He can, of course, feel the hype growing but Ulster coach Mark Anscombe isn't for buying into it. After all, there just isn't time to to reflect on what is being talked about away from the training paddock.
All he can do is plot the delivery of a final pool game victory with a home quarter-final there to be taken. That it just so happens to be at Welford Road, where Leicester Tigers have a fairly bullet-proof European record, certainly makes things interesting but Anscombe can only control the controllables.
And, of course, should he fail to mastermind a win then Ulster still have a quarter-final to play, though admittedly away from home and likely to be in France.
Anscombe's squad head into Saturday night's shoot-out to top Pool Five at the Tigers' European fortress with Craig Gilroy still a hopeful inclusion after suffering a broken nose in last week's victory over Montpellier, though prop Declan Fitzpatrick looks more than likely to be missing out.
That should see Ricky Lutton benching while Michael Allen will doubtless get the nod should Gilroy not make it.
"You've got to have a great deal of respect for history," the coach said regarding the Tigers' European record, "but that's not these teams. The challenge is not to beat history, it's how we perform on the day.
"You can't play a semi-final or final here, so you've got to win somewhere away from home so what better way to start than at Welford Road?" Anscombe added.
"They're not dissimilar to Munster and we did a job on them so we've got to believe we can do it again," said the coach, whose own future at Ravenhill has yet to be officially clarified.
You wonder if Saturday night's result will be pivotal to what happens regarding the Kiwi's contract situation, but he bats it away and insists that this is another game, though an important one.
Indeed, taming the Tigers would go some way towards making a statement of intent as not only would Ulster then be the only side heading into the last eight with six wins from six, but the virtually completed Ravenhill would have a game of stature to host in early April, which could well be against the Tigers again.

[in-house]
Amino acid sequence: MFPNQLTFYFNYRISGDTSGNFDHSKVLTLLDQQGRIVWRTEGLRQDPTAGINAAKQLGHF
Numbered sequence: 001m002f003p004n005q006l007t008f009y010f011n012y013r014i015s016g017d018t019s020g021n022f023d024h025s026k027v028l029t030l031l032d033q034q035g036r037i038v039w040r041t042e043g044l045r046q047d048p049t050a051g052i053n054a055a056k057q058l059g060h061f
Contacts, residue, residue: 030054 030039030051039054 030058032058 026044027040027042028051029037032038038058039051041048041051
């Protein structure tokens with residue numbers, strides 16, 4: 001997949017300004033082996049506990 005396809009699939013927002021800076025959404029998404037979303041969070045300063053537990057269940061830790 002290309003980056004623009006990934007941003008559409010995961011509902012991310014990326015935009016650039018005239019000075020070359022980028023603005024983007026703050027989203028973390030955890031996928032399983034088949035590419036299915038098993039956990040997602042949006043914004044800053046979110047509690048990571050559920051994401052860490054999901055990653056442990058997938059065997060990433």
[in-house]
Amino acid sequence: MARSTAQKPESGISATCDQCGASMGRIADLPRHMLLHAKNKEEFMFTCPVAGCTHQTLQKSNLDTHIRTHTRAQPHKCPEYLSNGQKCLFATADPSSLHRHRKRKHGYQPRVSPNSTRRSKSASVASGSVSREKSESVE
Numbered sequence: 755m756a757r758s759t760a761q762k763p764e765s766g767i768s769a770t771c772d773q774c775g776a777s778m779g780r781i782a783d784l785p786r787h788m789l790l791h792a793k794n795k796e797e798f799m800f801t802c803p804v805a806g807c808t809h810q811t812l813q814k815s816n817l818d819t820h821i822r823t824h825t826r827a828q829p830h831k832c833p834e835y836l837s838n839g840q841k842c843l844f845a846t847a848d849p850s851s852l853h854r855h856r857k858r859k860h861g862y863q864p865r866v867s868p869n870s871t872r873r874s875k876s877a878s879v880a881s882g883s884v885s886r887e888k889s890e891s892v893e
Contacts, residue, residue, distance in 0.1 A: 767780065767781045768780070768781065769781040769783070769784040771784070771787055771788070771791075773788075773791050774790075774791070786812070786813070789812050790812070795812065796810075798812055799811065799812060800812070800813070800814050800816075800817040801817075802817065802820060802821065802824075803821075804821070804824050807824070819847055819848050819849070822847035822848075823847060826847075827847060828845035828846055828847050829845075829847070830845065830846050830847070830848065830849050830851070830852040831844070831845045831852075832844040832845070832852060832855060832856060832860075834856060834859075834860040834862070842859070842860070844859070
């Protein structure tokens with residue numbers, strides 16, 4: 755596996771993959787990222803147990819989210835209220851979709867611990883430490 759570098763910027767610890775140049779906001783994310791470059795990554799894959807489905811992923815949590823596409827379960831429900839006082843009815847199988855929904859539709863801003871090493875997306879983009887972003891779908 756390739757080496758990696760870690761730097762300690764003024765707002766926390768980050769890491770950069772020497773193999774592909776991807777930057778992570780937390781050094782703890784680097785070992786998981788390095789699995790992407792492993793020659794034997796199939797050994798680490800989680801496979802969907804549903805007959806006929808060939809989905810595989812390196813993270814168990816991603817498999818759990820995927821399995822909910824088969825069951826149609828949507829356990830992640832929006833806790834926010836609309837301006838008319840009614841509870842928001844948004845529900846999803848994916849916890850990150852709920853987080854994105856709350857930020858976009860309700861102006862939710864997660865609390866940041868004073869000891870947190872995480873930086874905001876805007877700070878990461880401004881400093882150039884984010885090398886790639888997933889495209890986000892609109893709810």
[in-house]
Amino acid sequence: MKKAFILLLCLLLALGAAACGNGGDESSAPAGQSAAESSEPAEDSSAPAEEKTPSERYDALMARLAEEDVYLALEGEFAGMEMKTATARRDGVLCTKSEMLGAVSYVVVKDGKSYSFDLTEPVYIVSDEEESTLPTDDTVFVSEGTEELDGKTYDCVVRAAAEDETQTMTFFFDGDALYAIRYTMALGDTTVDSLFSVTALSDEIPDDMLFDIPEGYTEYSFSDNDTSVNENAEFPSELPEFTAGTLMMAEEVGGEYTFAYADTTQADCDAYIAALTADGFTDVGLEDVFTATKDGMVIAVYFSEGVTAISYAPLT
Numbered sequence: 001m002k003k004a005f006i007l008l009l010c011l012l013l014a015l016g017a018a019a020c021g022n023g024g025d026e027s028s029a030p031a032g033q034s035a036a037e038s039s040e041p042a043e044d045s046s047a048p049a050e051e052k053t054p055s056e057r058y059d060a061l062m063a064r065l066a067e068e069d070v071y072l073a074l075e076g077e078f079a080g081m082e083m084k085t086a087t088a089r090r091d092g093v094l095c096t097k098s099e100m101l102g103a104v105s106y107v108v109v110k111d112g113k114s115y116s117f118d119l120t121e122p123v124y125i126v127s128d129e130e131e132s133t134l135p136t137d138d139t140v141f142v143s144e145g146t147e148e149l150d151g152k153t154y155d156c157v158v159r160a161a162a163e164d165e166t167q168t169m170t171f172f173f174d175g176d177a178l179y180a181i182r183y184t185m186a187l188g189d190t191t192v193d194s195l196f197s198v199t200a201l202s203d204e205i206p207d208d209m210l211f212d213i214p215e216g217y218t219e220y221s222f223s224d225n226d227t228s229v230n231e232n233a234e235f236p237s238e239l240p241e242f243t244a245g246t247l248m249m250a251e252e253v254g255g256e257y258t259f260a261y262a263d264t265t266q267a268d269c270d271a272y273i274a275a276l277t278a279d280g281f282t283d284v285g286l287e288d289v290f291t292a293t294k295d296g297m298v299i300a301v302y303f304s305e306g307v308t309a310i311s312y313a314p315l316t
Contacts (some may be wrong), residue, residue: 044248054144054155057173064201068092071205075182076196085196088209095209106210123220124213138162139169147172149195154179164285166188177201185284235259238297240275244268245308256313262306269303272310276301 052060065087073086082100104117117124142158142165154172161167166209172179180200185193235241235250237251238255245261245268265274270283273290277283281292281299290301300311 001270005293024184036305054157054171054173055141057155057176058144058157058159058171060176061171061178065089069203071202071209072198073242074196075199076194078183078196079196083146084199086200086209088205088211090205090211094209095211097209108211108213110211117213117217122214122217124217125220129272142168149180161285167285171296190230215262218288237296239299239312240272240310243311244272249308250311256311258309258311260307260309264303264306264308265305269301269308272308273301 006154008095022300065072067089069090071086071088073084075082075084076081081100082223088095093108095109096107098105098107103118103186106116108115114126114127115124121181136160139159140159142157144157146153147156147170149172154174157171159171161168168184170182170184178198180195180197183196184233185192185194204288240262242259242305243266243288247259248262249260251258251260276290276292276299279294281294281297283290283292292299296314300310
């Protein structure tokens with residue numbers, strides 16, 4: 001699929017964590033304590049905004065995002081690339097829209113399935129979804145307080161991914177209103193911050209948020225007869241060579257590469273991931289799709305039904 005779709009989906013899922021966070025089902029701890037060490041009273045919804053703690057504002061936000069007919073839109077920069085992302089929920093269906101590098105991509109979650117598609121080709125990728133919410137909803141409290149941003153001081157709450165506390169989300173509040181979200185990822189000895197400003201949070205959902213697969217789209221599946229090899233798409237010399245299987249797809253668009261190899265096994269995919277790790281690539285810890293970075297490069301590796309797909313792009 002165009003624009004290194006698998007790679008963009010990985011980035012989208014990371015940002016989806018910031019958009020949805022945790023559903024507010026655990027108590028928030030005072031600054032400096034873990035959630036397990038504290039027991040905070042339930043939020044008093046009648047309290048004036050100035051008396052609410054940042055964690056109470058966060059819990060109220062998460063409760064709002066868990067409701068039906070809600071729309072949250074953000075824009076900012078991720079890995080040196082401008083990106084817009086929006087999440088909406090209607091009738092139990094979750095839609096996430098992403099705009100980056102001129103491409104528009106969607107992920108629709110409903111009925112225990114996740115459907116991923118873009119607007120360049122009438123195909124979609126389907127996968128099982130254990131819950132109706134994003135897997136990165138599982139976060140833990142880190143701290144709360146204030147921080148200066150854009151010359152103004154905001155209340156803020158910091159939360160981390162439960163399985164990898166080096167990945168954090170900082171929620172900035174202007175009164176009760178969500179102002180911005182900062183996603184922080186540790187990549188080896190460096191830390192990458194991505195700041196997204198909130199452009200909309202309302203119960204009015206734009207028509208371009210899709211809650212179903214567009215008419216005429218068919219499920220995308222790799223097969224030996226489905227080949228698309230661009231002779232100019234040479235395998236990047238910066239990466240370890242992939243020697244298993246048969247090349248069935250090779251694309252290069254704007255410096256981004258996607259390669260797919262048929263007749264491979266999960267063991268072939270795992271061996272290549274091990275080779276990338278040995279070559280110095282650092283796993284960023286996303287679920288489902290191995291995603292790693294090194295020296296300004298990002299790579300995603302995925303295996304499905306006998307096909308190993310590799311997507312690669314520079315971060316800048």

"We've got the stadium, but we're not getting the board coming at us and saying 'you must deliver'," the coach says.
"Everyone's got to sit back sometimes and take a breath here.
"Yes, we're the only team to have qualified for the last four Heineken quarter-finals but look at some of the teams who haven't made it (in recent seasons).
"Leinster had won two in a row last season but they didn't make it. I think sometimes people's expectation gets beyond them. Sometimes you have to put things in perspective."
If that sounds as if the coach is preparing the Ulster faithful for something they may not want to contemplate, he rapidly follows up by emphasising that much work is being done to counter what last season's Premiership champions will bring to Saturday's clash.
"It wasn't an ideal performance (against Montpellier), we scored three tries and could have got over the line another three times.
"But we're not naive and we're not silly. (This week) it's about recognising and understanding what we need to do and focusing on what we can do here and now."
The victory would a marvellous endorsement of his message.